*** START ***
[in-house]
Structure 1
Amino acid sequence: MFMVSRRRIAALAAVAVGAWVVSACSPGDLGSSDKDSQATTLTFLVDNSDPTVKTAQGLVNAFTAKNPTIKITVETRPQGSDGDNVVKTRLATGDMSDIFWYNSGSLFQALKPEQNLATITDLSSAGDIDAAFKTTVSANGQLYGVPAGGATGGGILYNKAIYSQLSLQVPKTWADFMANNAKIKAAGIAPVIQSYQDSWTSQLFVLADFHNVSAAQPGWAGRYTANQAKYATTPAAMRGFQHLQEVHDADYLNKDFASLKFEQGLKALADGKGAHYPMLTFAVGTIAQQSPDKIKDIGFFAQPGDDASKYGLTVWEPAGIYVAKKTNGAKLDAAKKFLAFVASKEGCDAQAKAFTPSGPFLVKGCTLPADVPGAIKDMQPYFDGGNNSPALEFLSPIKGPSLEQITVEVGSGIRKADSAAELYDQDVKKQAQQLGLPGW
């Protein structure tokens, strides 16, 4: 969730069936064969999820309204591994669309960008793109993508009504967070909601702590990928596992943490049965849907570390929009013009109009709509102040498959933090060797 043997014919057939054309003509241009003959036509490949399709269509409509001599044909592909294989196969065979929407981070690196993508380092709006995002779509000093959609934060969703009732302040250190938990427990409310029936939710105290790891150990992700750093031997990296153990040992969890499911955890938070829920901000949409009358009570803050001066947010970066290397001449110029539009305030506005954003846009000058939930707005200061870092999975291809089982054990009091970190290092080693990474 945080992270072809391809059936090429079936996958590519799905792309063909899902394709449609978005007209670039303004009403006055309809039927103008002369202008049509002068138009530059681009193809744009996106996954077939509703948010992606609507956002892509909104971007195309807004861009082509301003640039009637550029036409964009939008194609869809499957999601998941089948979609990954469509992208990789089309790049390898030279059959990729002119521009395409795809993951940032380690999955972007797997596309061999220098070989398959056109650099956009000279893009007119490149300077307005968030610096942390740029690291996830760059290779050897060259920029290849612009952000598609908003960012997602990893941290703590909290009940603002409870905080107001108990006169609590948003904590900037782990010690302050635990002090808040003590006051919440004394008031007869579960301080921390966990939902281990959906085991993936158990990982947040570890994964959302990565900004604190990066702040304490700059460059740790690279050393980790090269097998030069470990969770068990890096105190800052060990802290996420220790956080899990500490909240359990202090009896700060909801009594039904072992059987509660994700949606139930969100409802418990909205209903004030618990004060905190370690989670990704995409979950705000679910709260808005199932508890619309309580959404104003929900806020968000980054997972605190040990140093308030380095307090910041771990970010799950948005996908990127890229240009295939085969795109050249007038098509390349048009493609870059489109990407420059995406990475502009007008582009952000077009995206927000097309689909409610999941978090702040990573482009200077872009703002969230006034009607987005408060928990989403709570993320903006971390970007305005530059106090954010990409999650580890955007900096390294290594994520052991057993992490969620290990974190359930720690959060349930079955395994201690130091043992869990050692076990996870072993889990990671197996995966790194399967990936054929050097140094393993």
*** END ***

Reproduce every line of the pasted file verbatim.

[in-house]
Structure 1
Amino acid sequence: MFMVSRRRIAALAAVAVGAWVVSACSPGDLGSSDKDSQATTLTFLVDNSDPTVKTAQGLVNAFTAKNPTIKITVETRPQGSDGDNVVKTRLATGDMSDIFWYNSGSLFQALKPEQNLATITDLSSAGDIDAAFKTTVSANGQLYGVPAGGATGGGILYNKAIYSQLSLQVPKTWADFMANNAKIKAAGIAPVIQSYQDSWTSQLFVLADFHNVSAAQPGWAGRYTANQAKYATTPAAMRGFQHLQEVHDADYLNKDFASLKFEQGLKALADGKGAHYPMLTFAVGTIAQQSPDKIKDIGFFAQPGDDASKYGLTVWEPAGIYVAKKTNGAKLDAAKKFLAFVASKEGCDAQAKAFTPSGPFLVKGCTLPADVPGAIKDMQPYFDGGNNSPALEFLSPIKGPSLEQITVEVGSGIRKADSAAELYDQDVKKQAQQLGLPGW
């Protein structure tokens, strides 16, 4: 969730069936064969999820309204591994669309960008793109993508009504967070909601702590990928596992943490049965849907570390929009013009109009709509102040498959933090060797 043997014919057939054309003509241009003959036509490949399709269509409509001599044909592909294989196969065979929407981070690196993508380092709006995002779509000093959609934060969703009732302040250190938990427990409310029936939710105290790891150990992700750093031997990296153990040992969890499911955890938070829920901000949409009358009570803050001066947010970066290397001449110029539009305030506005954003846009000058939930707005200061870092999975291809089982054990009091970190290092080693990474 945080992270072809391809059936090429079936996958590519799905792309063909899902394709449609978005007209670039303004009403006055309809039927103008002369202008049509002068138009530059681009193809744009996106996954077939509703948010992606609507956002892509909104971007195309807004861009082509301003640039009637550029036409964009939008194609869809499957999601998941089948979609990954469509992208990789089309790049390898030279059959990729002119521009395409795809993951940032380690999955972007797997596309061999220098070989398959056109650099956009000279893009007119490149300077307005968030610096942390740029690291996830760059290779050897060259920029290849612009952000598609908003960012997602990893941290703590909290009940603002409870905080107001108990006169609590948003904590900037782990010690302050635990002090808040003590006051919440004394008031007869579960301080921390966990939902281990959906085991993936158990990982947040570890994964959302990565900004604190990066702040304490700059460059740790690279050393980790090269097998030069470990969770068990890096105190800052060990802290996420220790956080899990500490909240359990202090009896700060909801009594039904072992059987509660994700949606139930969100409802418990909205209903004030618990004060905190370690989670990704995409979950705000679910709260808005199932508890619309309580959404104003929900806020968000980054997972605190040990140093308030380095307090910041771990970010799950948005996908990127890229240009295939085969795109050249007038098509390349048009493609870059489109990407420059995406990475502009007008582009952000077009995206927000097309689909409610999941978090702040990573482009200077872009703002969230006034009607987005408060928990989403709570993320903006971390970007305005530059106090954010990409999650580890955007900096390294290594994520052991057993992490969620290990974190359930720690959060349930079955395994201690130091043992869990050692076990996870072993889990990671197996995966790194399967990936054929050097140094393993």